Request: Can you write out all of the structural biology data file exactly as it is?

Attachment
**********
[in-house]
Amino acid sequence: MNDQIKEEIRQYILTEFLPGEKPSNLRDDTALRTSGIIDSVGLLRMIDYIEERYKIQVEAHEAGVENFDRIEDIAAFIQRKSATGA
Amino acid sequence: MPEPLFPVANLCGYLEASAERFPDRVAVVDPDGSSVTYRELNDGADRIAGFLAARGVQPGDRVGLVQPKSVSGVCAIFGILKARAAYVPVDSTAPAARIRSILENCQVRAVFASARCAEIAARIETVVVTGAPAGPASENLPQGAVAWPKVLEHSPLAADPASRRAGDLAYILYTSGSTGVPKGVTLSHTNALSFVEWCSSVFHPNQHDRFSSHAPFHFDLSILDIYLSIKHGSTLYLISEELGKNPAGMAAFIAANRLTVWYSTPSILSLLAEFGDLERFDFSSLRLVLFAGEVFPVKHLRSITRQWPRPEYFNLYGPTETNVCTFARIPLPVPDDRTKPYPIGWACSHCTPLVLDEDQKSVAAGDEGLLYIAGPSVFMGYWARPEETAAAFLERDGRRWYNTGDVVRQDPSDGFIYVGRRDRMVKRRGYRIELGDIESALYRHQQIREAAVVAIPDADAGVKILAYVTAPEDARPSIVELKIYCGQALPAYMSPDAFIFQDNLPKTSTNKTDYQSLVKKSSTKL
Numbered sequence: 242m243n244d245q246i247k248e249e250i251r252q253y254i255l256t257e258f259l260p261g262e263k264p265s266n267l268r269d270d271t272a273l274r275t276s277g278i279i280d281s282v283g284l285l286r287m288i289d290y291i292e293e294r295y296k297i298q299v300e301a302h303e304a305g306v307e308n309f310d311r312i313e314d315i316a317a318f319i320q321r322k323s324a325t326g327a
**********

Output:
[in-house]
Amino acid sequence: MNDQIKEEIRQYILTEFLPGEKPSNLRDDTALRTSGIIDSVGLLRMIDYIEERYKIQVEAHEAGVENFDRIEDIAAFIQRKSATGA
Amino acid sequence: MPEPLFPVANLCGYLEASAERFPDRVAVVDPDGSSVTYRELNDGADRIAGFLAARGVQPGDRVGLVQPKSVSGVCAIFGILKARAAYVPVDSTAPAARIRSILENCQVRAVFASARCAEIAARIETVVVTGAPAGPASENLPQGAVAWPKVLEHSPLAADPASRRAGDLAYILYTSGSTGVPKGVTLSHTNALSFVEWCSSVFHPNQHDRFSSHAPFHFDLSILDIYLSIKHGSTLYLISEELGKNPAGMAAFIAANRLTVWYSTPSILSLLAEFGDLERFDFSSLRLVLFAGEVFPVKHLRSITRQWPRPEYFNLYGPTETNVCTFARIPLPVPDDRTKPYPIGWACSHCTPLVLDEDQKSVAAGDEGLLYIAGPSVFMGYWARPEETAAAFLERDGRRWYNTGDVVRQDPSDGFIYVGRRDRMVKRRGYRIELGDIESALYRHQQIREAAVVAIPDADAGVKILAYVTAPEDARPSIVELKIYCGQALPAYMSPDAFIFQDNLPKTSTNKTDYQSLVKKSSTKL
Numbered sequence: 242m243n244d245q246i247k248e249e250i251r252q253y254i255l256t257e258f259l260p261g262e263k264p265s266n267l268r269d270d271t272a273l274r275t276s277g278i279i280d281s282v283g284l285l286r287m288i289d290y291i292e293e294r295y296k297i298q299v300e301a302h303e304a305g306v307e308n309f310d311r312i313e314d315i316a317a318f319i320q321r322k323s324a325t326g327a